Murton may have spent some time in prison with Thomas Helwys during the period between 1613?-1616? It may be assumed that Helwys and his congregation kept a low profile after Helwys was sent to prison.
Murton became the Elder of the congregation on Helwys death ca.1616?. He continued the basic guidelines as laid down by Helwys. In 1624 there seems to have been a falling out in the Murton congregation.
By 1625, some five affiliated Helwys-Murton congregations were active in London, and in a few in other large cities. Former members of the Smyth's Second English Exiled Church in Amsterdam (1608-1612?) may well have migrated into the 1630's, and may have provided some stability for the early Helwys-Murton congregations. Information on the Murton congregation in London after 1626 is incomplete.
Whether or not the early Helwys-Murton congregation should be considered the well spring of the first General Baptist congregations, or possibly the mother congregation from which the General Baptists sprang is still uncertain. More research is needed in this area.
General or Arminian Baptists
The roots of the early English General Baptists are still unclear. They may have developed from returning exiled separatist congregations from Holland after 1612. The Helwys-Murton congregation during 1612-1626 has some spin-off congregations which may have contributed to other possible groups. Helwys-Murton would seem to share a parallel development with the early General Baptist Churches.
The term General or Arminian Baptist seems to have come into common usage about 1625. Documented history of this group before 1625 demands more research. The early General Baptists congregations were not a large community of believers by the standards of the day.
General Baptists were known for their strong anti-Calvinist message. They preached a strong Arminian or "free will" message of universal salvation. Also called "general redemption" this is sometimes cited as the origin of the name. Sometimes referred to as Arminian Baptists, or "rustic Pelagianism" they found much of their support among the poorer classes of London and in the rural areas of England.
General Baptists embraced salvation by good works, and the separation of Church and State. They incorporated the church administrative structure of Elders and Deacons as expounded earlier by John Smyth and the Helwys-Murton congregations. They practiced adult baptism by immersion with its quasi-Anabaptist overtones. There was a strong anti-clerical bent that authority proceeded from the Bible rather than the congregation. There was also a strong emphasis on individual personal salvation.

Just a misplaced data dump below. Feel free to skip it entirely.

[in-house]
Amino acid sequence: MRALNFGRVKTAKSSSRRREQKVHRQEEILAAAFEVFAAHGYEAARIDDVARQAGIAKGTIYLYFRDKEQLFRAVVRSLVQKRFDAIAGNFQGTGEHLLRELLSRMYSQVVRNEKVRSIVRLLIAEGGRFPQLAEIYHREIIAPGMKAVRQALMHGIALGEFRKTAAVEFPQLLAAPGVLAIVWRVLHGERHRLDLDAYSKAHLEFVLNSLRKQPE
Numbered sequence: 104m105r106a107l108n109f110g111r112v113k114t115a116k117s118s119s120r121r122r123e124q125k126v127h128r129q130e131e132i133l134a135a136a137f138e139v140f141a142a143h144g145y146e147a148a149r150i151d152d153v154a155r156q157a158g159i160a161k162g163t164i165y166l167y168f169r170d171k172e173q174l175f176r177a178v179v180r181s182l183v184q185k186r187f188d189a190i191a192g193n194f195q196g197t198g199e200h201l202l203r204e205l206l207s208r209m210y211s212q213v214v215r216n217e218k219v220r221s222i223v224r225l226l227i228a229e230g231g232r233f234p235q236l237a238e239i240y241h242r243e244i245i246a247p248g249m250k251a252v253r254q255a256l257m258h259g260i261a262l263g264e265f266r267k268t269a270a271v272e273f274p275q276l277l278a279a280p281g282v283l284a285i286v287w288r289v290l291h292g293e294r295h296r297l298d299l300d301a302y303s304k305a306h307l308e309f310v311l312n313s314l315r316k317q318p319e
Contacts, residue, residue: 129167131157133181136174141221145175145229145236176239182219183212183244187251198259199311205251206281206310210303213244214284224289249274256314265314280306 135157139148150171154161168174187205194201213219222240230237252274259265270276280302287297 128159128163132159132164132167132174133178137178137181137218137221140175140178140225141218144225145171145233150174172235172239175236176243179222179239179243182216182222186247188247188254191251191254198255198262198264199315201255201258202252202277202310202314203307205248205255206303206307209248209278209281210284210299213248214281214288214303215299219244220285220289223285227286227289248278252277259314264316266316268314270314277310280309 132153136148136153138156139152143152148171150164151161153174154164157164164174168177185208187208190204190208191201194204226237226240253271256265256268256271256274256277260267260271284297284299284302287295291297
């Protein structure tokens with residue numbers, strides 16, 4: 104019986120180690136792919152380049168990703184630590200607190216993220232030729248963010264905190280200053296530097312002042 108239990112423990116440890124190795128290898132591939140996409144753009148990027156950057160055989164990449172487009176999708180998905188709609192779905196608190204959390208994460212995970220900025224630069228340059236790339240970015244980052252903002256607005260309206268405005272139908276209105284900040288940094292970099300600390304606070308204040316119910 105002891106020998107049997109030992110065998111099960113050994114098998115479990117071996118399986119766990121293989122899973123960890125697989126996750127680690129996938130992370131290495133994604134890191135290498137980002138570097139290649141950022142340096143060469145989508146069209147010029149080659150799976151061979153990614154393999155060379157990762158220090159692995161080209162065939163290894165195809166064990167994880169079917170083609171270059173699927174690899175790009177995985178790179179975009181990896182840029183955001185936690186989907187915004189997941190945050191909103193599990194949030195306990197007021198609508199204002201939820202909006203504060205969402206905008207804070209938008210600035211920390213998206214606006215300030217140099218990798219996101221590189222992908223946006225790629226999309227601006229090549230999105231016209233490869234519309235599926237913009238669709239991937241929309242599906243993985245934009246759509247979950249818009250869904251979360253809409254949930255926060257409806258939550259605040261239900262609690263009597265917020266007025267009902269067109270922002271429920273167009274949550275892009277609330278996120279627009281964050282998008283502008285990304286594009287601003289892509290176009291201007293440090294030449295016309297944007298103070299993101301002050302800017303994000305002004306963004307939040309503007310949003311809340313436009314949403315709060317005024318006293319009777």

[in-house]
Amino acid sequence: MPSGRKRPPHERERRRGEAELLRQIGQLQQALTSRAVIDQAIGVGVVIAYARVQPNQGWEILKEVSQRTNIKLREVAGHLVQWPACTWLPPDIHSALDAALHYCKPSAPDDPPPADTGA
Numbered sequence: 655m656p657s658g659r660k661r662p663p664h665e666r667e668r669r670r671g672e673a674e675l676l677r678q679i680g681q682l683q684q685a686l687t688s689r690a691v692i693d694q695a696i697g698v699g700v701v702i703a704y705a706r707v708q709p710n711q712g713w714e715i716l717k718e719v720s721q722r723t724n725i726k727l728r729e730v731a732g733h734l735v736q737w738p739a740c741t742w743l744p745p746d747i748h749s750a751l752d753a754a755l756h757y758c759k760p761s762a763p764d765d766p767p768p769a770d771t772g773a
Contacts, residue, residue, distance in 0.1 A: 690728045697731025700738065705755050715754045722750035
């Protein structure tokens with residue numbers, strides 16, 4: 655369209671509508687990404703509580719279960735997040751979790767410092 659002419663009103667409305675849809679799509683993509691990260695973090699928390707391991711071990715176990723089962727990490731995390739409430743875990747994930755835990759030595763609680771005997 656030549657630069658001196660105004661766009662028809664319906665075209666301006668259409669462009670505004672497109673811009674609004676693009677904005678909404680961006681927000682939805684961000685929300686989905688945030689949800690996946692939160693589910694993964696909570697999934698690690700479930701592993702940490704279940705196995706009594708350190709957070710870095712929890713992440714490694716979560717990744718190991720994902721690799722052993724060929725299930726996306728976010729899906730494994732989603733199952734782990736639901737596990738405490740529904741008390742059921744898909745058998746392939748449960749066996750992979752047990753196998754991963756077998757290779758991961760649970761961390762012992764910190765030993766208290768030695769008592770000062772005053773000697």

From the mid-1620's to the 1640's, General Baptist congregations had spread throughout England. In 1641, a General Meeting was held in Whitechapel (London). This meeting attracted large crowds resulting in many arrests and imprisonment for those attending the meeting. There are estimates of some fifty congregations in place by 1650.
General Baptists were more open and less structured congregations than other Independent congregationss. The doctrinal beliefs within the General Baptists congregations could be rather broad from semi-Anabaptist to more traditional separatist views. This was a dual edged sword for them in attracting new members, and than keeping hold of them afterwards.
General Baptist's suffered from its own radical fringe elements. Their traveling itinerant preachers were considered trouble makers by most local civil and church authorities throughout England, but they were very popular among the common folk.
A certain Mrs. Attaway (Attoway) (fl. 1643-46), a member of Thomas Lamb's (d. 1686) General Baptist congregation in London. She was a female tub preacher (i.e. the tub was used as a movable pulpit), and was notorious in London during the mid-1640's. In 1646, he believed that she had been called to be a prophet to the Jews. She with a Mr. William Jenner, as a companion and fellow saint, travelled to Jerusalem to meet Christ, other Old Testament saints, to usher in a new Golden Age for the Jews.
General Baptists were challenged from the mid-1640's by others sects including the Particular Baptists, a pro-calvinist sect. There was little theological agreement between these two divergent points of view: Predestination and Free Will. There were other issues of disagreements between the two.
Both groups became increasing involved with the political movement of the Levellers, and the New Model Army. Baptist membership among the rank and file of the New Model Army was high. Many regiments had their ministers in the ranks, sometimes either General or Particular. With the downfall of the Levellers movement and its New Model Army support in 1650, the General Baptists' center of influence shifted to the more rural areas from London with less visibility.
The General Baptist have been credited with developing the doctrine of the "inner light" which was later embraced by Fox and the early Quakers. The General Baptist survived the Restoration (1660), but were kept under careful watch by the Crown due to a few radicals and potential trouble makers.
Particular or Calvinistic Baptists
The origins of the Particular Baptists are also unclear. Some have contended that they developed from Continental Calvinistic congregations who migrated to England in the 1630's. Some have argued for pro-Calvinists English separatist congregations who migrated back to England. Members of John Robinson's congregation at Leyden are often mentioned as possible sources.
Another theory has its supporters that the Particular Baptist's developed directly from dissident radical congregations in London during the 1630's. The Jacob-Lathrop-Jessey congregation in London is often cited as the mother congregation of the early Particular Baptists. Some of its splinter congregations may have formed the basis of the original Particular Baptist movement. [Ed. Note: See English Dissenters Index: Jacobites.]